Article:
Having been extensively trailed and raced, Boothman too took an easy retirement with Bomber Command. RAF through and through, I am not sure a man like that could have passed onto anything else. Despite having gone on to receive an OBE, a CBE, the Distinguished Flying Cross, the Croix de guerre, made commander of the Legion of Merit, and mentioned in Dispatches, he likely thought of Calshot in 1931 as his greatest triumph.
I often fantasise about seeing planes racing in that way they did, though for now I am content just remembering. Schneider’s trophy was not special in that it was the only air race, but it was the best. There was of course the Pulitzer, the Thompson, and the Bendix, nothing came close to the men, their machines, and the trophy’s allure.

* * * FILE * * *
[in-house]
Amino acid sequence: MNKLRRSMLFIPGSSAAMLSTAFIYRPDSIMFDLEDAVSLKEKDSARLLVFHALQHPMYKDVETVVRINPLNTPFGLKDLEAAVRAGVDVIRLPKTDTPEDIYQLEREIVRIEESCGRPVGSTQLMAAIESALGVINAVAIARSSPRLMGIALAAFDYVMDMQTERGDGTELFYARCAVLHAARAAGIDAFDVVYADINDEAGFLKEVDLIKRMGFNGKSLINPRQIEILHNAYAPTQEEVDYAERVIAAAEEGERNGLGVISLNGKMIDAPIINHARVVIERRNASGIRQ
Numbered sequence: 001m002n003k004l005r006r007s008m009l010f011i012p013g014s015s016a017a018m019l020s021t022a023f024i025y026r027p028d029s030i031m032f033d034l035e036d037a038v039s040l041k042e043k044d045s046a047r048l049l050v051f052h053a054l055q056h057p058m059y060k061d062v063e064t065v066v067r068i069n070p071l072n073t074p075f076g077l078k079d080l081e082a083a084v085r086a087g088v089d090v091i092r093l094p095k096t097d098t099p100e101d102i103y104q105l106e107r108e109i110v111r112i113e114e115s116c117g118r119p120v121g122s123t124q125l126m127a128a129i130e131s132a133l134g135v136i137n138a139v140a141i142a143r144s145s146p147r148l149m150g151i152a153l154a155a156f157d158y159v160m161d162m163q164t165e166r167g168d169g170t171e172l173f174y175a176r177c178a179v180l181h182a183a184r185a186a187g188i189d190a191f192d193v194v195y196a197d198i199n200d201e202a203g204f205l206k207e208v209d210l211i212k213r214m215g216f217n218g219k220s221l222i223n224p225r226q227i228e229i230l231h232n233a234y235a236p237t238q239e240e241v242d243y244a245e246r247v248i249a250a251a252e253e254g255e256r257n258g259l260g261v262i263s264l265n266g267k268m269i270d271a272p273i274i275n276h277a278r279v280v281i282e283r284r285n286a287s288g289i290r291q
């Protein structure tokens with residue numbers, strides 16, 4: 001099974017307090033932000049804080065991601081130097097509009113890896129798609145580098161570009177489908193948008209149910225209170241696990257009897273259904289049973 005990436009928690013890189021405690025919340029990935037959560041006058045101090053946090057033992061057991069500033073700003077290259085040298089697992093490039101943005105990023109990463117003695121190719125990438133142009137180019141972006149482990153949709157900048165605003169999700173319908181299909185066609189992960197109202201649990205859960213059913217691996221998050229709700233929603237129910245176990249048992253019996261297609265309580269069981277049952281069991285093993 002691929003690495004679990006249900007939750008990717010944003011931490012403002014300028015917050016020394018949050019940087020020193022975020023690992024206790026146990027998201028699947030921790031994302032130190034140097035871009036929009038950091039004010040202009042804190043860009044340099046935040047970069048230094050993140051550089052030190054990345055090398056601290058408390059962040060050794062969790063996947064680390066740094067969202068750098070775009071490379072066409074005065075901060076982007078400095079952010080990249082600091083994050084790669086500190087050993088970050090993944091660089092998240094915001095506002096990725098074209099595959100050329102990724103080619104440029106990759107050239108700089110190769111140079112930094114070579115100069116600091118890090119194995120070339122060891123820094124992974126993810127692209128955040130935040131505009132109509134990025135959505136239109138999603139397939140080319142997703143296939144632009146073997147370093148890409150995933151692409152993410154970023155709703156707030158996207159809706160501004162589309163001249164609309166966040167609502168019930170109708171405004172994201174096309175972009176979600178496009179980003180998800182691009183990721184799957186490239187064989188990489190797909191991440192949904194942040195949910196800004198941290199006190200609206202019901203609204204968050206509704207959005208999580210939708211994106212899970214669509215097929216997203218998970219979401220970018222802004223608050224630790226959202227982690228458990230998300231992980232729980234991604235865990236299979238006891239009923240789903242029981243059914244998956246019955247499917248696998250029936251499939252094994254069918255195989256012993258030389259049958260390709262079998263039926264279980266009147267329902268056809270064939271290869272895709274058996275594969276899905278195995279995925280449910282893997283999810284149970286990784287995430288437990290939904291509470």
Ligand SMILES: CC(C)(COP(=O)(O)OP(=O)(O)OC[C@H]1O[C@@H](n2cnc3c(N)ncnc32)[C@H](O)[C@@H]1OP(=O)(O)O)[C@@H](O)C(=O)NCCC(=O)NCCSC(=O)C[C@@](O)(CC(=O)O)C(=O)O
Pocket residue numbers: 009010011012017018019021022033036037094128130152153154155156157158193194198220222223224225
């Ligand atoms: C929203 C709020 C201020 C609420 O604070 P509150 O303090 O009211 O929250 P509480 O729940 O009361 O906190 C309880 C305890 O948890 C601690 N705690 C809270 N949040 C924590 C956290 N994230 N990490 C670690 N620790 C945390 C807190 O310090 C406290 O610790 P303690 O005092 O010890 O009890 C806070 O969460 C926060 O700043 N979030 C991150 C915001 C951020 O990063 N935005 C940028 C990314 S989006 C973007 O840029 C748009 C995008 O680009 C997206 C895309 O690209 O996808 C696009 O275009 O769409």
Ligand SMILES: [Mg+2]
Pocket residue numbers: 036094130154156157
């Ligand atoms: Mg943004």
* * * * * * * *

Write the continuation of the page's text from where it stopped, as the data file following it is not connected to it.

Plenty were and are still genuinely inspired by it, me included. Flying is quite natural for humans you see. We dreamt of it, and made it happen just so that we might imitate the birds. Something about it is pure enough that, though I cannot fly, I need only close my eyes and imagine at first a winding sound, gaining pitch, before an engine bursts into life. Roaring, then throbbing, it hums at a happy tempo; ready to stretch its legs and take to the sky. I feel the touch of canvas, wood, and brushed aluminium, of planes I have not met, engineered from sinew, birch, and ore. I sense their weight (or lack thereof), the ridiculousness of their existence–that we built a machine to pluck us from the ground.
Jacques Schneider was laid to rest at the Cimetière du Père Lachaise in Paris. His trophy sits in Kensington waiting for someone deserving enough to claim it. And I dream of a return to Schneider whilst I remember the team of 1931 on Lady Houston’s yacht - smiling as they did - in the knowledge that they really were the fastest bunch in the world.